I've always wondered if birds and other forms of wildlife can foretell the onset of a cold spell or an impending storm. In fact, there is some evidence to suggest that this may indeed be the case.

For example, the mistlethrush, once named appropriately 'stormcock', is renowned for singing before and during stormy weather. Redwings (pictured) are now beginning to target berry trees, triggered by the recent brief cold snap? Thrushes and blackbirds normally and instinctively leave berry bushes alone for the first few weeks of winter but perhaps now is the time to go for holly, pyrancatha, ivy and mistletoe as other food becomes scarce?

I've never seen so many birds on my feeders before. All the tit family including a scarce but welcome newcomer the marsh tit, nuthatches, robins and goldfinches arrive at dawn and feed almost continuously right up to nightfall. Are they taking precautions to stock up well before an impending harsh winter? It is interesting to speculate.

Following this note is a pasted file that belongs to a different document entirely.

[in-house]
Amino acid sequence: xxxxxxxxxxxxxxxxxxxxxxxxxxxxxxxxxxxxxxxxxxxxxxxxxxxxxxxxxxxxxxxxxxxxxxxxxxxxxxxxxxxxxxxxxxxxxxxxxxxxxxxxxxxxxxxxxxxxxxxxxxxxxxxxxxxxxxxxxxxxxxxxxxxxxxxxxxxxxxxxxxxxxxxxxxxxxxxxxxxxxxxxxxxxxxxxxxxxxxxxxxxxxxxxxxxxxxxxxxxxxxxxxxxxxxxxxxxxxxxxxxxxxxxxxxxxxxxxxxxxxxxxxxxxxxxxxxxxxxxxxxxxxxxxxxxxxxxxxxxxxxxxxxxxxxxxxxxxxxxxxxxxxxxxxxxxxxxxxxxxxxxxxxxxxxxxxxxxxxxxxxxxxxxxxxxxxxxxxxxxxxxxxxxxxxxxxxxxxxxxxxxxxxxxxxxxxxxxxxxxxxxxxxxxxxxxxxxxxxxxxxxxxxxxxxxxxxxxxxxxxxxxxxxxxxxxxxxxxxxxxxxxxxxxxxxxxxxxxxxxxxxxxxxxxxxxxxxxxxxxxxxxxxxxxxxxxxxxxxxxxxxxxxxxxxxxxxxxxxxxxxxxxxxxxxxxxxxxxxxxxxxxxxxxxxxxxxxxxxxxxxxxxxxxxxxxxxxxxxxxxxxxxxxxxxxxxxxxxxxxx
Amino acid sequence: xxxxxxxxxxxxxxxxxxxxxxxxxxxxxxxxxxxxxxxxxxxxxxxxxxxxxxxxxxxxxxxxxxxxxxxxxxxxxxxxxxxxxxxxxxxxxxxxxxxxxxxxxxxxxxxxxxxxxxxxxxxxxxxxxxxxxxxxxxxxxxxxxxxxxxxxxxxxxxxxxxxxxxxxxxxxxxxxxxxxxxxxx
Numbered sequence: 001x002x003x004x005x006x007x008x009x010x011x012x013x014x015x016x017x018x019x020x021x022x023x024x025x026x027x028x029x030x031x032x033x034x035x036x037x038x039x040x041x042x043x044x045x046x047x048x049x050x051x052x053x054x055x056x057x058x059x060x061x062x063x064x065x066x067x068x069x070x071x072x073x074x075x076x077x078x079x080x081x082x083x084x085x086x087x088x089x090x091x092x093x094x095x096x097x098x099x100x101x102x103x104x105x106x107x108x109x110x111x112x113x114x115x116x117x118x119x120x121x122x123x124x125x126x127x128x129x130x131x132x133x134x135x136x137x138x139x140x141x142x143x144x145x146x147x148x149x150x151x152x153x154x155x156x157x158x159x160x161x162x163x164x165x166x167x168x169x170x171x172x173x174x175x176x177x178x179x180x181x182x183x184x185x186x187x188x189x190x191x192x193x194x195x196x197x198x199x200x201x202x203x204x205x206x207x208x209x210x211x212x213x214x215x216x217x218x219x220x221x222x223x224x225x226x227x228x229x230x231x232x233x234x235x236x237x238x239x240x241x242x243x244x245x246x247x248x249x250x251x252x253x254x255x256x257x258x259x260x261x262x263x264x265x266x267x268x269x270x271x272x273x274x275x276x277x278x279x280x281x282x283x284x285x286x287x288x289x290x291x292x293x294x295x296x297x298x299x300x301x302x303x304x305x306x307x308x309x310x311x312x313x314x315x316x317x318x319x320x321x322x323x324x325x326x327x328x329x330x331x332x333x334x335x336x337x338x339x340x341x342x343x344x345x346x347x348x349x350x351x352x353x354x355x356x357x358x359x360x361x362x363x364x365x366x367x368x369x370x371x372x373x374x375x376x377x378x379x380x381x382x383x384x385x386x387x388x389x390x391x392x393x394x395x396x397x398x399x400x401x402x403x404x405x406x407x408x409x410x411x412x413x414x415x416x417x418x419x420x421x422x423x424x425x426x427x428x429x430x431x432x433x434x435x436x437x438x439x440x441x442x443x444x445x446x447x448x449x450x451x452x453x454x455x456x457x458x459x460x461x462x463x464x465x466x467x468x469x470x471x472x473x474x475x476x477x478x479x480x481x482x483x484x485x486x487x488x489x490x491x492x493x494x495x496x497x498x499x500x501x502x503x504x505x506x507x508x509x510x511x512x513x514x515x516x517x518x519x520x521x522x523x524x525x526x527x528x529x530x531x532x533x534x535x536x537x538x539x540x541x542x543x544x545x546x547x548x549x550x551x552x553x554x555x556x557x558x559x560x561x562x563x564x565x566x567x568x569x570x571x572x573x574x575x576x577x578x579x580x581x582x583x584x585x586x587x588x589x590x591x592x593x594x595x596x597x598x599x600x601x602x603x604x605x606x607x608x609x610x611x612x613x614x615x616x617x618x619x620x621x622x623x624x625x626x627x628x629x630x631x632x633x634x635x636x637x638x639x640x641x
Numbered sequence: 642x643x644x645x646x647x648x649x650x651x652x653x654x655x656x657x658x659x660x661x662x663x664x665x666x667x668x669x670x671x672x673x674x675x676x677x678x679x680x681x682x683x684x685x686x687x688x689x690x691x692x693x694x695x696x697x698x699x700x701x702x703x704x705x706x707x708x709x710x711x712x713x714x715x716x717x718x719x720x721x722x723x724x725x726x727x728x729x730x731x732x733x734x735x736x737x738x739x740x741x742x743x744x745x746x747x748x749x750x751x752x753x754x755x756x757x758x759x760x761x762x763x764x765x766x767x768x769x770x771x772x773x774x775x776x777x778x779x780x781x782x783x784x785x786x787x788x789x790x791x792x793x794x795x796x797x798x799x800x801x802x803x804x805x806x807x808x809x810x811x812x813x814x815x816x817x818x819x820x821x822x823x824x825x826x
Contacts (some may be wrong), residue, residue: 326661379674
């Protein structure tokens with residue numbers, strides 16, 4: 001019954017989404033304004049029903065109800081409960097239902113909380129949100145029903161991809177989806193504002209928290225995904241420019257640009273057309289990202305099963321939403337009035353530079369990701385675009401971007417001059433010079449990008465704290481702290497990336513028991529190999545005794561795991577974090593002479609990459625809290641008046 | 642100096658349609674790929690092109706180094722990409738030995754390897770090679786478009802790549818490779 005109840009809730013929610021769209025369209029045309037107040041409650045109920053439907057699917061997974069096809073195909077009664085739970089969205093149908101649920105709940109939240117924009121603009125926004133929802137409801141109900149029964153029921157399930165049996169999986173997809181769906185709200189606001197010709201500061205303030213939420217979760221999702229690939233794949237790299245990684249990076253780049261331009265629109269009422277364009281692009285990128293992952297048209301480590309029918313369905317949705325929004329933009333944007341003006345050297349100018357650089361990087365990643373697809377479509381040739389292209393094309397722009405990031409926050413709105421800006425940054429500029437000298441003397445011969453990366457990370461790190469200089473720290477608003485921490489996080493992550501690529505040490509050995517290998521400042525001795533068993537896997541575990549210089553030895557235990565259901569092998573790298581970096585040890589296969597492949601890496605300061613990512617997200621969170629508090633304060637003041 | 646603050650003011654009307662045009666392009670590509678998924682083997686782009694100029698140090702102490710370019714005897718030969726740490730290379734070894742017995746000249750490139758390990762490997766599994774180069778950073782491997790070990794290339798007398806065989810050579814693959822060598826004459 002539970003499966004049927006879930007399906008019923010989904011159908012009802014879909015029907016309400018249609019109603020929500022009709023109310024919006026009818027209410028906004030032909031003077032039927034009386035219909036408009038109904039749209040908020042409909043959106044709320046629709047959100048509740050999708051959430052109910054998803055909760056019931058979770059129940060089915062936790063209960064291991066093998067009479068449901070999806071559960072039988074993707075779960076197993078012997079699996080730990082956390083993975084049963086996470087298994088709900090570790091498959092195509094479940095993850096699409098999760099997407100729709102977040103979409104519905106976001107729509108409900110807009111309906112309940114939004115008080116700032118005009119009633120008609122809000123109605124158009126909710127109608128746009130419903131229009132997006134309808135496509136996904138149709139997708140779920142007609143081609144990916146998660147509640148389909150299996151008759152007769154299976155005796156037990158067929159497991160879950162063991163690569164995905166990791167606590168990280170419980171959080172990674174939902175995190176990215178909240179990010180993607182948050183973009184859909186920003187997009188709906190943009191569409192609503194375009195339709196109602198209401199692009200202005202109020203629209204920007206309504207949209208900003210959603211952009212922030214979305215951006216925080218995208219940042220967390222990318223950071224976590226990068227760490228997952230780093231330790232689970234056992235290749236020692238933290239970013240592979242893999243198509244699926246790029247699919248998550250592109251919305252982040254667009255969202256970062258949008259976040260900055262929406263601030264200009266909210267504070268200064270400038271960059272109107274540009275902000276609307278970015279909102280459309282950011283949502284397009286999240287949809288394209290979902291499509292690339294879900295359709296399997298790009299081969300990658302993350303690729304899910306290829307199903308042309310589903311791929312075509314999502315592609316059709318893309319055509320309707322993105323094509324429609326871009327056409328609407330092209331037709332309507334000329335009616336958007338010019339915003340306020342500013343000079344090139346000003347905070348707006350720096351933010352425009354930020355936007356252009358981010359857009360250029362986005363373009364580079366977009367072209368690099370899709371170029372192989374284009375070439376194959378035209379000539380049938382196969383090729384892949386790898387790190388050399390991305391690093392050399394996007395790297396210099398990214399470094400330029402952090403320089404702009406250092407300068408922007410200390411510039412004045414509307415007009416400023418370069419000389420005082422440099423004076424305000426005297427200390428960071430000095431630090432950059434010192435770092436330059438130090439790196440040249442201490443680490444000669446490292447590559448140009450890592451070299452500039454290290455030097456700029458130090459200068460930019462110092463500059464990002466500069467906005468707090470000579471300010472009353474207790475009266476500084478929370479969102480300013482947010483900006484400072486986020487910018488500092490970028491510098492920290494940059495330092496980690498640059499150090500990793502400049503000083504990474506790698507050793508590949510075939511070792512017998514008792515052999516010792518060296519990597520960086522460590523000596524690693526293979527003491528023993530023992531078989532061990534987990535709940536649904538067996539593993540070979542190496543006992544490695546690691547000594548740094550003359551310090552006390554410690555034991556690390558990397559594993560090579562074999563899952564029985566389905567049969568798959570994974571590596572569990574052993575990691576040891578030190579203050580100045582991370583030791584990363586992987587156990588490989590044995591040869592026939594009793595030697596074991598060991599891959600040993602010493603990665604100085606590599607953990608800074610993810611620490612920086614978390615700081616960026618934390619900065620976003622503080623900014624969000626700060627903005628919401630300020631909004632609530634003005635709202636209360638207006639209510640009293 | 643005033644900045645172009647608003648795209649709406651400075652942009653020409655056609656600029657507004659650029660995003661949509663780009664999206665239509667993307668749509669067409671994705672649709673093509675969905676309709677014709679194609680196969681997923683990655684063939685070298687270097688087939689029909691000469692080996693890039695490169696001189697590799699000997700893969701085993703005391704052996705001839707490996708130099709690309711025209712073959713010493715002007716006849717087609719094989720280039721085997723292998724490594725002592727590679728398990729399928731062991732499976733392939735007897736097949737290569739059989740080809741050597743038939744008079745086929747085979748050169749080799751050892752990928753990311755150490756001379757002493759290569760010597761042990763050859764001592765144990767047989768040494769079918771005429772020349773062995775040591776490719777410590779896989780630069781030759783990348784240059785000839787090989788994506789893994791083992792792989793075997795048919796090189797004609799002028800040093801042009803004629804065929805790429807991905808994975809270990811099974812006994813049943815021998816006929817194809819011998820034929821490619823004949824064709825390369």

There is even a little fish named loach which inhabits fast flowing streams but if kept in an aquarium becomes very agitated before a storm arrives, no doubt affected by a drop in barometric pressure?

I wrote earlier this year how my local goldfinches had vanished but they are now back in good numbers with up to six at a time perched for long periods on a single sunflower hearts feeder.

So, is a severe winter waiting in the wings? Now, where did I put those bed socks?